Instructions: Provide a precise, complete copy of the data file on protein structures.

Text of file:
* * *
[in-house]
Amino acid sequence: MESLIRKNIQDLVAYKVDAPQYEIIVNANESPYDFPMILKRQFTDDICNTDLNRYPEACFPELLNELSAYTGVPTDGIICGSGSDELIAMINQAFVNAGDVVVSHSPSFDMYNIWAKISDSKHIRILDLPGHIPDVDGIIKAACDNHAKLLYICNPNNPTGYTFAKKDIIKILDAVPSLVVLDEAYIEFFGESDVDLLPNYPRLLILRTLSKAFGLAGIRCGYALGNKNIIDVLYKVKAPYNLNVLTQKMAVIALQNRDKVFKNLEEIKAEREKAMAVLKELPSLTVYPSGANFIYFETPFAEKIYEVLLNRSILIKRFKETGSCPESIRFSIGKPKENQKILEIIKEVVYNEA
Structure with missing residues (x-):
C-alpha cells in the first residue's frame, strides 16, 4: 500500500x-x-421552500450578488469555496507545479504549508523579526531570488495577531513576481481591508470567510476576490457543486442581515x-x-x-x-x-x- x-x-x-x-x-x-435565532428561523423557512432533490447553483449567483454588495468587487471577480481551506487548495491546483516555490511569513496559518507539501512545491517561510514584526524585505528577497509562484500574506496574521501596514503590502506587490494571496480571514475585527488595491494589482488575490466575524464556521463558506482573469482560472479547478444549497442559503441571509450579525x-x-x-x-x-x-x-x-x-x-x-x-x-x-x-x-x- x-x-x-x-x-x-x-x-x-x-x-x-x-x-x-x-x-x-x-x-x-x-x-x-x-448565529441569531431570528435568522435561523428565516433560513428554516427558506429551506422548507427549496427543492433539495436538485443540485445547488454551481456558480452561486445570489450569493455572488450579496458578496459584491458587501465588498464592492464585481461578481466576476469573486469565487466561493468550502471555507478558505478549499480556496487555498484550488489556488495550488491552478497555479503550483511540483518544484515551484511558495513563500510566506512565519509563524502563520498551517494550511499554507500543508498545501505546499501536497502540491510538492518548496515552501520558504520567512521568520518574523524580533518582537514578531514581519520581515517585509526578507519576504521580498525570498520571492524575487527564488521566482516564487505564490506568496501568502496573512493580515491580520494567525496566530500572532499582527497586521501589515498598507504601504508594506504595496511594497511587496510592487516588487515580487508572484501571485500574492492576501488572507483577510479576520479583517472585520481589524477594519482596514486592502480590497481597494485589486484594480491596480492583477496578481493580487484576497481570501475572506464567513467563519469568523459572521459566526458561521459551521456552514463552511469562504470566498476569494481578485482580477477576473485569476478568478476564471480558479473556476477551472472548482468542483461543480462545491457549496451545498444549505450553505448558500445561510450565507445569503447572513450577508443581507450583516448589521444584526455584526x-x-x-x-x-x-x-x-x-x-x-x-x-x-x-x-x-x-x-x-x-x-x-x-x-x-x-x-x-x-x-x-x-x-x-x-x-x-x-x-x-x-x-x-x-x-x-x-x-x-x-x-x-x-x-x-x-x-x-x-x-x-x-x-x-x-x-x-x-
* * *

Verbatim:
[in-house]
Amino acid sequence: MESLIRKNIQDLVAYKVDAPQYEIIVNANESPYDFPMILKRQFTDDICNTDLNRYPEACFPELLNELSAYTGVPTDGIICGSGSDELIAMINQAFVNAGDVVVSHSPSFDMYNIWAKISDSKHIRILDLPGHIPDVDGIIKAACDNHAKLLYICNPNNPTGYTFAKKDIIKILDAVPSLVVLDEAYIEFFGESDVDLLPNYPRLLILRTLSKAFGLAGIRCGYALGNKNIIDVLYKVKAPYNLNVLTQKMAVIALQNRDKVFKNLEEIKAEREKAMAVLKELPSLTVYPSGANFIYFETPFAEKIYEVLLNRSILIKRFKETGSCPESIRFSIGKPKENQKILEIIKEVVYNEA
Structure with missing residues (x-):
C-alpha cells in the first residue's frame, strides 16, 4: 500500500x-x-421552500450578488469555496507545479504549508523579526531570488495577531513576481481591508470567510476576490457543486442581515x-x-x-x-x-x- x-x-x-x-x-x-435565532428561523423557512432533490447553483449567483454588495468587487471577480481551506487548495491546483516555490511569513496559518507539501512545491517561510514584526524585505528577497509562484500574506496574521501596514503590502506587490494571496480571514475585527488595491494589482488575490466575524464556521463558506482573469482560472479547478444549497442559503441571509450579525x-x-x-x-x-x-x-x-x-x-x-x-x-x-x-x-x- x-x-x-x-x-x-x-x-x-x-x-x-x-x-x-x-x-x-x-x-x-x-x-x-x-448565529441569531431570528435568522435561523428565516433560513428554516427558506429551506422548507427549496427543492433539495436538485443540485445547488454551481456558480452561486445570489450569493455572488450579496458578496459584491458587501465588498464592492464585481461578481466576476469573486469565487466561493468550502471555507478558505478549499480556496487555498484550488489556488495550488491552478497555479503550483511540483518544484515551484511558495513563500510566506512565519509563524502563520498551517494550511499554507500543508498545501505546499501536497502540491510538492518548496515552501520558504520567512521568520518574523524580533518582537514578531514581519520581515517585509526578507519576504521580498525570498520571492524575487527564488521566482516564487505564490506568496501568502496573512493580515491580520494567525496566530500572532499582527497586521501589515498598507504601504508594506504595496511594497511587496510592487516588487515580487508572484501571485500574492492576501488572507483577510479576520479583517472585520481589524477594519482596514486592502480590497481597494485589486484594480491596480492583477496578481493580487484576497481570501475572506464567513467563519469568523459572521459566526458561521459551521456552514463552511469562504470566498476569494481578485482580477477576473485569476478568478476564471480558479473556476477551472472548482468542483461543480462545491457549496451545498444549505450553505448558500445561510450565507445569503447572513450577508443581507450583516448589521444584526455584526x-x-x-x-x-x-x-x-x-x-x-x-x-x-x-x-x-x-x-x-x-x-x-x-x-x-x-x-x-x-x-x-x-x-x-x-x-x-x-x-x-x-x-x-x-x-x-x-x-x-x-x-x-x-x-x-x-x-x-x-x-x-x-x-x-x-x-x-x-